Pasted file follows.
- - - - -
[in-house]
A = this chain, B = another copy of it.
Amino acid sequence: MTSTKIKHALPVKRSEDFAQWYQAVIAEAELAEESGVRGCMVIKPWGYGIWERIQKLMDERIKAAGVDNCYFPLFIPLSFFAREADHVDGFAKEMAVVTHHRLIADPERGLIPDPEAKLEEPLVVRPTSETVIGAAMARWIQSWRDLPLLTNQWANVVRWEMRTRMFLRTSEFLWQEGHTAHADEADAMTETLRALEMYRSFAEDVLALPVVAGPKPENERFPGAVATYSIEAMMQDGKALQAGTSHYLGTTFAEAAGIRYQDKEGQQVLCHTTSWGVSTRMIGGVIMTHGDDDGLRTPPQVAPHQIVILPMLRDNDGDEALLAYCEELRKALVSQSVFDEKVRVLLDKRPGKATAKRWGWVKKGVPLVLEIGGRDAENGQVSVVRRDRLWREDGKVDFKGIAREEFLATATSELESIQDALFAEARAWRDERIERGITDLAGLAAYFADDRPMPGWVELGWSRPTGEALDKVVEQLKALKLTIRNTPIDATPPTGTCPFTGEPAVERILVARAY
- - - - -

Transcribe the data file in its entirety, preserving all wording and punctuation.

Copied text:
[in-house]
A = this chain, B = another copy of it.
Amino acid sequence: MTSTKIKHALPVKRSEDFAQWYQAVIAEAELAEESGVRGCMVIKPWGYGIWERIQKLMDERIKAAGVDNCYFPLFIPLSFFAREADHVDGFAKEMAVVTHHRLIADPERGLIPDPEAKLEEPLVVRPTSETVIGAAMARWIQSWRDLPLLTNQWANVVRWEMRTRMFLRTSEFLWQEGHTAHADEADAMTETLRALEMYRSFAEDVLALPVVAGPKPENERFPGAVATYSIEAMMQDGKALQAGTSHYLGTTFAEAAGIRYQDKEGQQVLCHTTSWGVSTRMIGGVIMTHGDDDGLRTPPQVAPHQIVILPMLRDNDGDEALLAYCEELRKALVSQSVFDEKVRVLLDKRPGKATAKRWGWVKKGVPLVLEIGGRDAENGQVSVVRRDRLWREDGKVDFKGIAREEFLATATSELESIQDALFAEARAWRDERIERGITDLAGLAAYFADDRPMPGWVELGWSRPTGEALDKVVEQLKALKLTIRNTPIDATPPTGTCPFTGEPAVERILVARAY